But there is one big problem with SDSU as a basketball team: They are not very good at shooting basketball through basketball hoops. At one point in the national title game, they have lost 14 straight shots, the most consecutive loss of any team in any game in the entire tournament. They shot a 32.2 percent on loss, and some of the credit definitely goes to the UConn team whose interior defense has supported them throughout their championship career. But the Aztecs have scored worse than 40 percent in three of the six tournament games, and Monday night’s 32.2 percent wasn’t even their worst shooting performance in the past month: They shot 20-for-63 (31.7 percent) at the mountain. Western championship game against Utah State.

I was rooting for SDSU – and Oh, my God, it was hard. There’s nothing more draining than getting your hopes up every time a bullet goes through the air and you watch it blast away.

Winner: Jasmine Carson

The numbers indicate that the hot hand is not real, and that the imaging line concept is merely random over small sample sizes. But the numbers never matched Jasmine Carson, whose stinging hand LSU won the national title on Sunday.

Carson is a fifth-year freshman who lost her shooting touch in the final month of her college career. After moving from Georgia Tech to West Virginia and from West Virginia to LSU, she finally found a starting role with the Lady Tigers. It was the most consistent of the shooters – arguably Just Consistent shooter – culminating when she hit seven three-and-outs in a game against Florida. Then the consistency faded: I went 0-for-6-of-3 in the regular season finale against Mississippi State, missed every shot I took in the SEC tournament, and started in the NCAAs by going 0-for-4-of-3 in a first-round win over Hawaii. Kim Mulkey sat her down, and it sounded like a smart call, as Carson was held scoreless in the Sweet 16, Elite Eight, and Final Four.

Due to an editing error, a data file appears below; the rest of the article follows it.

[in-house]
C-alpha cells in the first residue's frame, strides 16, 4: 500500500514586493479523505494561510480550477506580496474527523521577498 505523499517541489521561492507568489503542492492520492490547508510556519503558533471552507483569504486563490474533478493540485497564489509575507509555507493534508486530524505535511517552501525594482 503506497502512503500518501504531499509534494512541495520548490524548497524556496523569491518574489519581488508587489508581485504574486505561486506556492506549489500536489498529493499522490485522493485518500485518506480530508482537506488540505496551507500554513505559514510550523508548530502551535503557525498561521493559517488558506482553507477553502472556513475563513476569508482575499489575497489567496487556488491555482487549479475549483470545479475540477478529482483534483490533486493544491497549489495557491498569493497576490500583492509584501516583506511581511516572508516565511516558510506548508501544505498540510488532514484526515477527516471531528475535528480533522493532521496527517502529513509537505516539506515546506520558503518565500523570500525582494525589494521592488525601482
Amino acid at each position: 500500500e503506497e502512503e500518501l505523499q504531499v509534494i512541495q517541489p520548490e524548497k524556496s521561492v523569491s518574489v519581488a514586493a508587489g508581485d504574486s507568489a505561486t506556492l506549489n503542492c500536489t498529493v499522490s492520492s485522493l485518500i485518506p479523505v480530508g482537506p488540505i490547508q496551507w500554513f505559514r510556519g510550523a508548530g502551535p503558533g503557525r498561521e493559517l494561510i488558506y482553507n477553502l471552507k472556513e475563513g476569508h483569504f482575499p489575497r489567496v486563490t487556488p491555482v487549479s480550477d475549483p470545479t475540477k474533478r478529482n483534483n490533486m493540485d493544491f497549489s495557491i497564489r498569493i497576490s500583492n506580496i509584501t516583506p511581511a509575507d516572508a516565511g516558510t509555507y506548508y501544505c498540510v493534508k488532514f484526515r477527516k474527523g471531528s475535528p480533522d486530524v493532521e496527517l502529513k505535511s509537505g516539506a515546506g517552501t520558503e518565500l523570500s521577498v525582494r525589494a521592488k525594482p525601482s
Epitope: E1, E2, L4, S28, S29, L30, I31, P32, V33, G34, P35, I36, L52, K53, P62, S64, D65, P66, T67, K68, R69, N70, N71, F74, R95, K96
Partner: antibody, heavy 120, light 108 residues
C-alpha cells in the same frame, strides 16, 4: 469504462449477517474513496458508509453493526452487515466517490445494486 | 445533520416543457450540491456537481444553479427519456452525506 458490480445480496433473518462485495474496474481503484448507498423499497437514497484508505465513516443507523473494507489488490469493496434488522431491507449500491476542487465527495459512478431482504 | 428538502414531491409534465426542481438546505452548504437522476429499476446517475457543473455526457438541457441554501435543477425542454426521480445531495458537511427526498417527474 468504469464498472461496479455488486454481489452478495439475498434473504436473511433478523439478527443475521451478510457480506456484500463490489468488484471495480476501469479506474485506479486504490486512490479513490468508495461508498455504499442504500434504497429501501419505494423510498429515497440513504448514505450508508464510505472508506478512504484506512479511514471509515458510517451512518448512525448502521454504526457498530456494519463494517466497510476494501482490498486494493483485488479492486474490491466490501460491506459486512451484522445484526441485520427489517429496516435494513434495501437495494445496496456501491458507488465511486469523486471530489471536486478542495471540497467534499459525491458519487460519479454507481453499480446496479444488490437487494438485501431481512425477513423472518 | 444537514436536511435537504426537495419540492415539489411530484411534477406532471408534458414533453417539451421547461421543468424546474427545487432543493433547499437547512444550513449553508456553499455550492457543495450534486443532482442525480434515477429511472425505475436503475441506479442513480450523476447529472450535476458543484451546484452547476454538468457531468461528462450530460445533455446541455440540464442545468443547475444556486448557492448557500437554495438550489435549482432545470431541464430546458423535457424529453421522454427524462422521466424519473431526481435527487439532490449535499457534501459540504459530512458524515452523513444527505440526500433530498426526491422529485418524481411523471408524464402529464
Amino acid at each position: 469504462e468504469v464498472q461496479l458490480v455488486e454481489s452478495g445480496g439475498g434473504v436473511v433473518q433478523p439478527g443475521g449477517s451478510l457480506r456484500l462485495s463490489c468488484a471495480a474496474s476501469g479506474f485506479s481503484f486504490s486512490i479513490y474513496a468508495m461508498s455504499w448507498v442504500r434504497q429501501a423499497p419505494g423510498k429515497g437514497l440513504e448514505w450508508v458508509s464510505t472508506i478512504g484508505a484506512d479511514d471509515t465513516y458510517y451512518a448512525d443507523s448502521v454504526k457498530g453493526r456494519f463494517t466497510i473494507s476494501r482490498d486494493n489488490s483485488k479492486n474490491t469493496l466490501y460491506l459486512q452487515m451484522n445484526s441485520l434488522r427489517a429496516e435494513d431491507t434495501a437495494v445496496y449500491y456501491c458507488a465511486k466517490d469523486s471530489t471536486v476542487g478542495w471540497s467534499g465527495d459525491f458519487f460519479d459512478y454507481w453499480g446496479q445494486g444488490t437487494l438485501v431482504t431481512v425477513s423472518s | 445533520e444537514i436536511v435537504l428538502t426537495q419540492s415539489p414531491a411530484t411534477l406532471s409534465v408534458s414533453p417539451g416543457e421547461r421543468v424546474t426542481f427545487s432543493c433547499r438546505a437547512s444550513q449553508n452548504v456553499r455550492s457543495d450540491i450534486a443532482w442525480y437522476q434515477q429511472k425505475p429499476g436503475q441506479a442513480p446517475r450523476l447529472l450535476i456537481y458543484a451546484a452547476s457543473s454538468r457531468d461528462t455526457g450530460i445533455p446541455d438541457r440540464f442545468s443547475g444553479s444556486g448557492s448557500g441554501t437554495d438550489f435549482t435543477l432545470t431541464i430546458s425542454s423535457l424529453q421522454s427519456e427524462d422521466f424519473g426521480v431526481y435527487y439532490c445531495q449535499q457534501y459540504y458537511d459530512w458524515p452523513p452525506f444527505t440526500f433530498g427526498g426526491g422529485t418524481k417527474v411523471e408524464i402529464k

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But LSU needed pitchers against Iowa. For the second game in a row, Iowa bet that its opponents could not or would not attempt three-pointers. The strategy worked against South Carolina, and LSU was three points more alienated than South Carolina, It ranked 350th out of 363 Division I teams in 3-index ending possession rate. The Tigers needed someone to hit the shots. Before the game, this LSU media member speculated it might be Carson — go catch up with him if you need lottery ticket numbers:

Like Donte DiVincenzo but with cooler hair, Carson played the best game of her life in the biggest game of her life. Carson shot 5-for-5 in the first half, helping LSU build 17 first-half points that they wouldn’t give up. You can see the confidence and vitality returning to her after one of the coldest firing streaks of her life banishes her to the bench; That energy flowed through her and her teammates. The last thing I made was a whistling beater at the end of the second quarter, which led to the fact that anything you vomited would have gone:

LSU hit a combined seven 3s in the Sweet 16, Elite Eight, and Final Four. They went 11-for-17 in the title game. The Hawkeyes gambled that LSU couldn’t shoot; Carson made them pay.

Winner: Taunt

Newton’s Third Law of Taunting goes like this: For every athlete who adopts a characteristic sneer, there is another athlete who will throw an equal and opposite sneer in the face. It’s been proven time and time again: when players sacked Aaron Rodgers and held a “championship belt” celebration or when LeBron James cracked during a performance by DeShawn Stevenson “I can’t feel my face” gag. It’s especially useful when the creator of the signature mockery loses the biggest game of his life, like when Antoine Winfield Jr. won the Super Bowl with the Bucs and Tyreek Hill hit a “tie”. But even before Newton could prove the “laws of irony,” philosophers assumed they existed. As Aristotle once said: Shit talk, whack.